<script src="./assets/vendor/nouislider/js/nouislider.min.js"></script>
<script src="./assets/vendor/textarea-autosize/textarea-autosize.min.js"></script>
<!-- Theme JS -->
<script src="./assets/js/theme.js"></script>
<!-- Chart JS Plugin -->
<script src="https://cdnjs.cloudflare.com/ajax/libs/Chart.js/2.7.2/Chart.bundle.min.js"></script>
<!-- Mustache JS -->
<script src="https://cdnjs.cloudflare.com/ajax/libs/mustache.js/2.3.0/mustache.js"></script>
<!-- Ending Script dependencies -->
if (window.module) module = window.module;

This is the most important piece of code you need to understand as this hinders the dependencies to integrate properly. Note that before you start adding any .js dependencies, we need to add the script above the comment "starting script dependencies." If not, modules like jQuery and other libraries will not be available.

In Electron, all the libraries should be available as modules. By enclosing the imports between the scripts of "Starting and Ending script dependencies," all are imported successfully and made available.

The imports we are using include:

  • jQuery, Popper, Bootstrap – for Boomerang UI interdependencies as the UI Kit is built on top of that.

  • Font Awesome – for fully scalable icons integrated as font.

  • Page plugins – These are used to create an additional functionality to the existing elements we are using as part of our HTML.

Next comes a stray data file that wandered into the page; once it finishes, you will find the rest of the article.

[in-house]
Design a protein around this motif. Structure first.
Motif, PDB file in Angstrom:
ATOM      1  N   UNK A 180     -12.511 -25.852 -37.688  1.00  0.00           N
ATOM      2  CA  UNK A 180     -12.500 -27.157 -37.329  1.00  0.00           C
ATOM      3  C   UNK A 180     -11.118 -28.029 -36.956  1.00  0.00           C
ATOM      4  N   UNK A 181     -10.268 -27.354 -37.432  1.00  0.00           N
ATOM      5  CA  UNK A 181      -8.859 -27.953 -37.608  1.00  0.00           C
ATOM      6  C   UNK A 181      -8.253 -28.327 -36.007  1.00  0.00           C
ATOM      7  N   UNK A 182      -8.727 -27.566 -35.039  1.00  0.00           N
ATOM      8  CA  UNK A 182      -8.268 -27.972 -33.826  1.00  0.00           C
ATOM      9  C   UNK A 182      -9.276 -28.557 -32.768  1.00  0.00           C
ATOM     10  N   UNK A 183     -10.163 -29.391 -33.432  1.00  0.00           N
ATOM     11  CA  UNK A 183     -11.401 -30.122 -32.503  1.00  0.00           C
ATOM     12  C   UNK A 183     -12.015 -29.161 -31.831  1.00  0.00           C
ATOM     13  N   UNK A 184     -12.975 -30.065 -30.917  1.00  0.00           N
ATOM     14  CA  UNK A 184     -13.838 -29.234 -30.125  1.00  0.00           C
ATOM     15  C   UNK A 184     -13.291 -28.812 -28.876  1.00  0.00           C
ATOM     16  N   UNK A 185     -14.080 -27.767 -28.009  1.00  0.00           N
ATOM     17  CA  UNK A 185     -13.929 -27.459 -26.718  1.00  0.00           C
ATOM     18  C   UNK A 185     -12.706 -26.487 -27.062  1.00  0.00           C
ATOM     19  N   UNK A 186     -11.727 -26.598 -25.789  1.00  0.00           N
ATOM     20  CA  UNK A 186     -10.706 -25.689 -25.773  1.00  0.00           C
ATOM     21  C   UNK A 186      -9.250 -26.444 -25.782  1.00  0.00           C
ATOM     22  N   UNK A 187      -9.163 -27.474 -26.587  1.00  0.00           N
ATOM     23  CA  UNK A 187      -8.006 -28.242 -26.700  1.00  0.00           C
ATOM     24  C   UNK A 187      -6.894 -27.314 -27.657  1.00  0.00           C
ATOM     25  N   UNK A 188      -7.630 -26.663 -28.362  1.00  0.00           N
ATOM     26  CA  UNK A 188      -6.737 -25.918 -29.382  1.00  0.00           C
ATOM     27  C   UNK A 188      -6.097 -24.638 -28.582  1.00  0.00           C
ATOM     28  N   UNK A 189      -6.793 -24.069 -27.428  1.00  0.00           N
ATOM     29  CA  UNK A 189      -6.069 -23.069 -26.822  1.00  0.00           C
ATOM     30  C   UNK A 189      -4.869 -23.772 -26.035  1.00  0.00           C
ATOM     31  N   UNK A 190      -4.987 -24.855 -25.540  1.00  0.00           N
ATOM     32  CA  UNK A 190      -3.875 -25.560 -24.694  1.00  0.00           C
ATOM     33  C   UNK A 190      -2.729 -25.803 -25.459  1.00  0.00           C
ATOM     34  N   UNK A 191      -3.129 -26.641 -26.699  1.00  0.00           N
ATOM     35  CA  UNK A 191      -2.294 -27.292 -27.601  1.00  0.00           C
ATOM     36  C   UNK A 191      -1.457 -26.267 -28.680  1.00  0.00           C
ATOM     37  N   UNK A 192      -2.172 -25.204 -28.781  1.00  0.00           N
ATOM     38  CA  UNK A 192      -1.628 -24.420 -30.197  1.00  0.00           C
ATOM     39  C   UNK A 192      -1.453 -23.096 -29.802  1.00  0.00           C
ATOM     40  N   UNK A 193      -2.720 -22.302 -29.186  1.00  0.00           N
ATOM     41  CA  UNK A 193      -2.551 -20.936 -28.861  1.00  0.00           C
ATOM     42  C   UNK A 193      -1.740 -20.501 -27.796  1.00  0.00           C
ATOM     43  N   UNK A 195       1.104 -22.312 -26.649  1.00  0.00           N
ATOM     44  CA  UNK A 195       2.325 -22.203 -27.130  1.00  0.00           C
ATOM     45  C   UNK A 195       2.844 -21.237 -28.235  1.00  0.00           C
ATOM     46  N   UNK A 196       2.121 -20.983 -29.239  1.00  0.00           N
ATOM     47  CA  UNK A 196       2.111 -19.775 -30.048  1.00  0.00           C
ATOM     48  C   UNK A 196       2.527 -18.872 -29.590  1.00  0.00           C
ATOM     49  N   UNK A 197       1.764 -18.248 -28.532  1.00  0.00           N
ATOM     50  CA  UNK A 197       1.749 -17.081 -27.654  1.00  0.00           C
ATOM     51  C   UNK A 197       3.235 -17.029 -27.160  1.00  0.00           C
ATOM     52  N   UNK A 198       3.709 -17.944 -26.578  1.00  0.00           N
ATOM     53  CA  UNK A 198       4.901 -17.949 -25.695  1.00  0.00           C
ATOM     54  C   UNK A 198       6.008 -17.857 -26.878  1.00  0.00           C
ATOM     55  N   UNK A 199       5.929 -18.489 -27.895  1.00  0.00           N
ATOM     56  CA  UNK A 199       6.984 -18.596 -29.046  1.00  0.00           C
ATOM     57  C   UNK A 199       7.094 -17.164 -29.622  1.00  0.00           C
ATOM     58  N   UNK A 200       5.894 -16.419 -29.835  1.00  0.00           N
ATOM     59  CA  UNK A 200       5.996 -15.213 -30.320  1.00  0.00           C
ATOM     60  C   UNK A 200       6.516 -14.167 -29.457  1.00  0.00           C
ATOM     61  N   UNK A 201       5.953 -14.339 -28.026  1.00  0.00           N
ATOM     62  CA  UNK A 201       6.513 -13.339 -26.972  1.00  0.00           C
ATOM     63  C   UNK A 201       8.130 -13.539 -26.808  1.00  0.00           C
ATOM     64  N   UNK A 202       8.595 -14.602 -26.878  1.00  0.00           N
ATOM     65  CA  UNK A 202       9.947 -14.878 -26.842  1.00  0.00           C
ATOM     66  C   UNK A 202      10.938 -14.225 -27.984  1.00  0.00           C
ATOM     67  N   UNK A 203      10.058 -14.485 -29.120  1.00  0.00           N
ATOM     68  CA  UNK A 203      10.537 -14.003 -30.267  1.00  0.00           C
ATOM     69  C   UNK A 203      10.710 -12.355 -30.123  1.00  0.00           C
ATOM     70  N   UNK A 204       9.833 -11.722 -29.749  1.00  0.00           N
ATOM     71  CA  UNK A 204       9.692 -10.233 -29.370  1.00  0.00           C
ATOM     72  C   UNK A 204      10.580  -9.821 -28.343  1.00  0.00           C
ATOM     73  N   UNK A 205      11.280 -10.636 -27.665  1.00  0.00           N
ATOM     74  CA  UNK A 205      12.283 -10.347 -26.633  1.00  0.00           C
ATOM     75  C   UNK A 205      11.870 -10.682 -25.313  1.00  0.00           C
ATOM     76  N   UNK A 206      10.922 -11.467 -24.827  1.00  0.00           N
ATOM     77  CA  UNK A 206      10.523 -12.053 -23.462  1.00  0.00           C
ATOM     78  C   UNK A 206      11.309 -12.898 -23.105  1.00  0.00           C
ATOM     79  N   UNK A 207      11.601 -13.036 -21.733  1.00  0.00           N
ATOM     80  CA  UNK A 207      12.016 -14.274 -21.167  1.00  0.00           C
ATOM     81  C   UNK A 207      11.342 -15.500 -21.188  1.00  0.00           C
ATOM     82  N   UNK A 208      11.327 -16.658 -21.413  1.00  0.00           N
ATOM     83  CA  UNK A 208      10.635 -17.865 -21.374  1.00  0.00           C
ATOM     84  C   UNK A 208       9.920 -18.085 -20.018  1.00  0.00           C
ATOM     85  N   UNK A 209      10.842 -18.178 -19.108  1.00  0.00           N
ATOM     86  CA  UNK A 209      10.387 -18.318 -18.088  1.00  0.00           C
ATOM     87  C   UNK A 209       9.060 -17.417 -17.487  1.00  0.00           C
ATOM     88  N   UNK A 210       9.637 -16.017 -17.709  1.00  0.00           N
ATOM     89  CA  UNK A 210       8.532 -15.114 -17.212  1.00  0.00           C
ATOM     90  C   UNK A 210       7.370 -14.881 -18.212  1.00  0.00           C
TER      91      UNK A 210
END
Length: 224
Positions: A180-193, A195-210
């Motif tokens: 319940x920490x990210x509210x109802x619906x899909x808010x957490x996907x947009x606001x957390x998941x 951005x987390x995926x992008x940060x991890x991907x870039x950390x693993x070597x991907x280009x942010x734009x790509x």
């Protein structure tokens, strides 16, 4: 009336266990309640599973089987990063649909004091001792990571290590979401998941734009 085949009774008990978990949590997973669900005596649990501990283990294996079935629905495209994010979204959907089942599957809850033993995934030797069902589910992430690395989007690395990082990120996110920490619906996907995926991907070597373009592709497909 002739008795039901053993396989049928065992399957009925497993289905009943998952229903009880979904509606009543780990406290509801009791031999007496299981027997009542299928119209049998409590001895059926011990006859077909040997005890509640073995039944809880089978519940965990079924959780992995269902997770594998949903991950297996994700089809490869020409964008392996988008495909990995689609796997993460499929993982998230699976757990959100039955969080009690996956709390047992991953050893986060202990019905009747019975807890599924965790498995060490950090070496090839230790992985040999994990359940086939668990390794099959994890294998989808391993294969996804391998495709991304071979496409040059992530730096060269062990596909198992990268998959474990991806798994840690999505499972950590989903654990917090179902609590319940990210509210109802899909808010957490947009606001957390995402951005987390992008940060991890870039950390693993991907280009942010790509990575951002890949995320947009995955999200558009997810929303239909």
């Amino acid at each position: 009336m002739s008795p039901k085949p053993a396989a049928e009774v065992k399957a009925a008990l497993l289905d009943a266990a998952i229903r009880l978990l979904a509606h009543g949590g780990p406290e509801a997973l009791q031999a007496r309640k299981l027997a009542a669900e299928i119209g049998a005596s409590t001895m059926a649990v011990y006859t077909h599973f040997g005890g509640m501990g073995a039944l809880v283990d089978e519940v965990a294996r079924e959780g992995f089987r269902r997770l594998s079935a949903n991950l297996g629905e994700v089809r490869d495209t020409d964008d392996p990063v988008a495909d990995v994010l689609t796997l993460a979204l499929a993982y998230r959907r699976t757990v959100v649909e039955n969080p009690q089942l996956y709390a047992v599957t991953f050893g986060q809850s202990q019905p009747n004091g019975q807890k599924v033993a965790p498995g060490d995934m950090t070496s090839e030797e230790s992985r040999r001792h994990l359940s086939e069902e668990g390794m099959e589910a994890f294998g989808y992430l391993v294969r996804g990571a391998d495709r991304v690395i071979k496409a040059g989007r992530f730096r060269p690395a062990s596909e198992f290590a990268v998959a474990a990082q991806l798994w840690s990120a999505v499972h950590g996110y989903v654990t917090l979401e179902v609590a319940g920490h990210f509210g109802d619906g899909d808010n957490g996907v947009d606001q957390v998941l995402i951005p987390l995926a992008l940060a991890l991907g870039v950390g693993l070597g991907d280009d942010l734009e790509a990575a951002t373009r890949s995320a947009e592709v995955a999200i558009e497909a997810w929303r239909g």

• Theme – This JavaScript code is more bound with the theme.css which is also responsible for the animations, interpolations, etc.

  • ChartJS – We are using ChartJS for showing the analytical analysis in a graphical form. This library is open-source and it provides a lot of charts which are easy to customize.

  • Mustache.js – We used Mustache to create HTML dynamically at runtime with ease. This library greatly simplifies the work of generating dynamic HTML and replacing the values using a list.

Before I discuss any other code snippets, let's see how our end product will look.




Sales Visualization

These are the two screens we are designing now:

  • New Invoice: This is the window where we have a form to make the user create a new invoice.
  • Dashboard: Dashboard is where we see the user sales analysis, total orders, and total sales in a graphical way.


The above UI part is achieved using the following code:

<div class='navigationBar'>
        <ul class="nav nav-pills nav-fill flex-column flex-sm-row" id="myTab" role="tablist">
          <li class="nav-item">
            <a class="nav-link mb-sm-3 active" id="home-tab" data-toggle="tab" href="#newInvoice" role="tab" aria-controls="home" aria-selected="true">New Invoice</a>
          <li class="nav-item">
            <a class="nav-link mb-sm-3" id="profile-tab" data-toggle="tab" href="#dashboard" role="tab" aria-controls="profile" aria-selected="false">DashBoard</a>